Thousands of people in Malta took to the streets for the second Sunday in a row (29 October), saying they will not be silenced until there is justice for murdered journalist and anti-corruption blogger Daphne Caruana Galizia.
Organisers said 10,000 people took part in the rally in Sliema, across the harbour from capital Valletta, in honour of the 53-year-old who was killed in a car bombing on 16 October.
Demands for justice continue in Malta in wake of journalist's slaying pic.twitter.com/bEPyCsAKeM
— Jacob Borg (@BorgJake) October 29, 2017
Initial shock at the death of a woman whose work probed the murky corners of Maltese politics, rattling the government and opposition alike, has since given way to anger at the authorities.
“We cannot take freedom of expression for granted. Look at what happened to Daphne,” protester Henry Cardona told AFP. He said he was there with family and friends to express “disdain” at the murder.
Blogger Jacques Zammit said Caruana Galizia’s family does not only wish for the culprit to be brought to justice, but they want to see the rule of law, democracy and freedom to be restored to the island.
“The state no longer serves the country but the inner circles of power,” he said in a speech read out by a friend.
Some in the crowd carried placards saying “We will not be silenced” and “Our country deserves better”, while others blew whistles as John Lennon’s song “Imagine” and Pink Floyd’s “Wish You Were Here” played on loudspeakers.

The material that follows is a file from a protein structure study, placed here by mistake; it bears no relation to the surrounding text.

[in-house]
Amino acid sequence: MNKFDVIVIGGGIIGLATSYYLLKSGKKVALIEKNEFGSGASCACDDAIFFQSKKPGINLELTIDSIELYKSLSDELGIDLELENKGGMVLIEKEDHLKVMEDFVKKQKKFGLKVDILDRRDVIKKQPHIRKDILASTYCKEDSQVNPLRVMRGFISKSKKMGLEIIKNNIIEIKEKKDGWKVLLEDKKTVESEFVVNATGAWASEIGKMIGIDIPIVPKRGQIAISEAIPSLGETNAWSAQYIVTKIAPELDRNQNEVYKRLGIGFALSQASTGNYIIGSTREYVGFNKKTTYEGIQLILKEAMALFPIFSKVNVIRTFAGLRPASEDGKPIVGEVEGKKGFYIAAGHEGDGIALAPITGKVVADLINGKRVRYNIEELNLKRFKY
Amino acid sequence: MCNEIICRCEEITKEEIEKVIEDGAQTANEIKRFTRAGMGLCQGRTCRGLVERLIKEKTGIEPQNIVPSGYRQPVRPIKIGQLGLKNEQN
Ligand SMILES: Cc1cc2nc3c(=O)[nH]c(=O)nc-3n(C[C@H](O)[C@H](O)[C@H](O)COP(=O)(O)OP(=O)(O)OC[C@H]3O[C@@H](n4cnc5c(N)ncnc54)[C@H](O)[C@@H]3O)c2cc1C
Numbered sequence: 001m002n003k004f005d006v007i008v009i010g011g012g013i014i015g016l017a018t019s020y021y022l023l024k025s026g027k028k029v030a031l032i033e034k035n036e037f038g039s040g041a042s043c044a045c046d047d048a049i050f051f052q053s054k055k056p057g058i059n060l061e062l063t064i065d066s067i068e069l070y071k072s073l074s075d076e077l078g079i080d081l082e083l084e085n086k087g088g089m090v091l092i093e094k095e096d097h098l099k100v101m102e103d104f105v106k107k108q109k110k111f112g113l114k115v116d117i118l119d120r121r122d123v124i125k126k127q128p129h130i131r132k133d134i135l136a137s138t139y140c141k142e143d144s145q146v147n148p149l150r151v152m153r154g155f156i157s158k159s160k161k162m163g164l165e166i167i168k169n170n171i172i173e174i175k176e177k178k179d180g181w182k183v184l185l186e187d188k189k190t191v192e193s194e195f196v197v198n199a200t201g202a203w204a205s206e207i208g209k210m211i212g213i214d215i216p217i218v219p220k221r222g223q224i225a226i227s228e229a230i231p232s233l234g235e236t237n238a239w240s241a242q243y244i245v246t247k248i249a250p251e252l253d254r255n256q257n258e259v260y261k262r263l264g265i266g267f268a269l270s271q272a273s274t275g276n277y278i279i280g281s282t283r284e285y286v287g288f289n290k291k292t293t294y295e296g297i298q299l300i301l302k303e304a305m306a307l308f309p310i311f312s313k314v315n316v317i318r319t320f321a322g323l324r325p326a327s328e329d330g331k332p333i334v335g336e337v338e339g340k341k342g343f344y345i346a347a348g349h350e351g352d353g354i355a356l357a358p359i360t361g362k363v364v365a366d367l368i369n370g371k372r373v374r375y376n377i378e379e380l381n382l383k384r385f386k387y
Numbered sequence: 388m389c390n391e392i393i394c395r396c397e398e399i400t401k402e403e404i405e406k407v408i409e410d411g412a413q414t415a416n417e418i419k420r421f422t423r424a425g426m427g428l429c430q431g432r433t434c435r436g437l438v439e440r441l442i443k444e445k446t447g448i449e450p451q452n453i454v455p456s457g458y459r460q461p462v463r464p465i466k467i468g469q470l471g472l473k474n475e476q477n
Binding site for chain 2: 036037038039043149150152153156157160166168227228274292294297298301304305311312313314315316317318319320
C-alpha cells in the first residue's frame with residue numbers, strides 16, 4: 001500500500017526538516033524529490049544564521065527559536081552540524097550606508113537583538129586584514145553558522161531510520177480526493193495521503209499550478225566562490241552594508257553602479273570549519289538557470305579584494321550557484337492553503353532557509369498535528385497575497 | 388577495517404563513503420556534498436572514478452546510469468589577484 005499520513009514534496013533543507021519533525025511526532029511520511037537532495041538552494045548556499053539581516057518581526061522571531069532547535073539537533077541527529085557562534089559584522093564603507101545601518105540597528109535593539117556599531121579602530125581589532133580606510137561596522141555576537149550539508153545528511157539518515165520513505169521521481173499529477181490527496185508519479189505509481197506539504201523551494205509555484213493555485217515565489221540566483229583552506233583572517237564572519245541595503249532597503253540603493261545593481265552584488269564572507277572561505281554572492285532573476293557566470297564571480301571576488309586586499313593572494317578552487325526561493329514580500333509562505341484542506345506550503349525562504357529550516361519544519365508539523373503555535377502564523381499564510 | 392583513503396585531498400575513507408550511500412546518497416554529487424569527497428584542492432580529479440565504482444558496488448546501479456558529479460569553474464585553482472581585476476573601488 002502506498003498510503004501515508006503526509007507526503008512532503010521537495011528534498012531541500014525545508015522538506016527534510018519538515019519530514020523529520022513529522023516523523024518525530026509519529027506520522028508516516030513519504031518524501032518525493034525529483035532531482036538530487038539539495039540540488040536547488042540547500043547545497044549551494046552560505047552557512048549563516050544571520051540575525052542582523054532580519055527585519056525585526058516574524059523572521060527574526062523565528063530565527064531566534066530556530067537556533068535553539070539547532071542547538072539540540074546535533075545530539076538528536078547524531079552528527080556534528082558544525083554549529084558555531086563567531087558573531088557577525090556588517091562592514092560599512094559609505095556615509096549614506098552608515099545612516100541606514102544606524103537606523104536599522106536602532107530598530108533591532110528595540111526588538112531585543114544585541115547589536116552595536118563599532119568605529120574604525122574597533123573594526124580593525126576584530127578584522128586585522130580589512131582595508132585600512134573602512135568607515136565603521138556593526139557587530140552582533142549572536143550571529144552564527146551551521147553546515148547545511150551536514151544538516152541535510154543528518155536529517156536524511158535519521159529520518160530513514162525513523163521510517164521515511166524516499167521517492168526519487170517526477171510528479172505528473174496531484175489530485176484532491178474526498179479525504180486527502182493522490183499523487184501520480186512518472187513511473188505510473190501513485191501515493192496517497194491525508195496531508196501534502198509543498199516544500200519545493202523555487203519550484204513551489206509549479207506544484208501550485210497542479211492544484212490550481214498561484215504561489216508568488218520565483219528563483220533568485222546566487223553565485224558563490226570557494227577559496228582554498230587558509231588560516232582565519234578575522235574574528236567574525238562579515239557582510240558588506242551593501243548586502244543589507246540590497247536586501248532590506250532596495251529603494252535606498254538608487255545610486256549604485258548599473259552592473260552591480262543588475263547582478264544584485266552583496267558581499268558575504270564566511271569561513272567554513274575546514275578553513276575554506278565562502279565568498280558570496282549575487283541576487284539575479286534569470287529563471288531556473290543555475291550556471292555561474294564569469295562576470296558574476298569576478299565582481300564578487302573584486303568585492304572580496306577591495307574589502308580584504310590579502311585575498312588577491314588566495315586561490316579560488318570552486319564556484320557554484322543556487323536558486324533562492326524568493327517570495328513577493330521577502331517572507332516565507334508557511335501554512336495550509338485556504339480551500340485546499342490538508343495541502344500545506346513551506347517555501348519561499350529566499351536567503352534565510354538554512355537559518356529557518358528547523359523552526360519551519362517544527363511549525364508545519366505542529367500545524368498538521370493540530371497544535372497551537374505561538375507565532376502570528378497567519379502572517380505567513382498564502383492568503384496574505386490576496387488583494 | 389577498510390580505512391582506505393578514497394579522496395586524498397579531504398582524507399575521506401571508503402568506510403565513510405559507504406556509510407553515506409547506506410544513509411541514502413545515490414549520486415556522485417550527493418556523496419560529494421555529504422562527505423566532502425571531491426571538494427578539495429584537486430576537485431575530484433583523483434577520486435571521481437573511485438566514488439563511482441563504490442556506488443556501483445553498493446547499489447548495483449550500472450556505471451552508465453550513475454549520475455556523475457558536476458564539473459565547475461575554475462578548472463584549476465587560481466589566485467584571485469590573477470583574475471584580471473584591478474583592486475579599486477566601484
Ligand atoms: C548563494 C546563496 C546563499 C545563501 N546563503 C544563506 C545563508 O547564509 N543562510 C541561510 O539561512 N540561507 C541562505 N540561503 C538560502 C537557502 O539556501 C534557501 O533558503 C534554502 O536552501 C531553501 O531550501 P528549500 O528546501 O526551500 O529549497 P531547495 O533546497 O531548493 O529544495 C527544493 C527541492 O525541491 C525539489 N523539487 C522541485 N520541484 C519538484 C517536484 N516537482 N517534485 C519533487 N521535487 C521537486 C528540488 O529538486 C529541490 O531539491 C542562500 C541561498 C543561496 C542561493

As in previous rallies, organisers called for the resignation of the police commissioner and the attorney general, who they say are responsible for the current state of affairs which led to the journalist’s death.
The killing has prompted much soul-searching on the island of 430,000 people over whether the country was becoming a cesspit of corruption against the backdrop of an economic boom in which organised crime and money-laundering have reportedly flourished.
Caruana Galizia was often described as a “one-woman Wikileaks” for unflinchingly bringing political dirt to the surface with dogged research into alleged financial corruption by Prime Minister Joseph Muscat’s inner circle, largely based on the Panama Papers leak.
After her death her family accused Muscat of filling his office with crooks and creating a culture of impunity that turned Malta into a “mafia island”.
Investigators from Europol, FBI officers and Dutch forensic police will assist in the probe into the murder amid fears that the assassination would not be fairly handled by national investigators.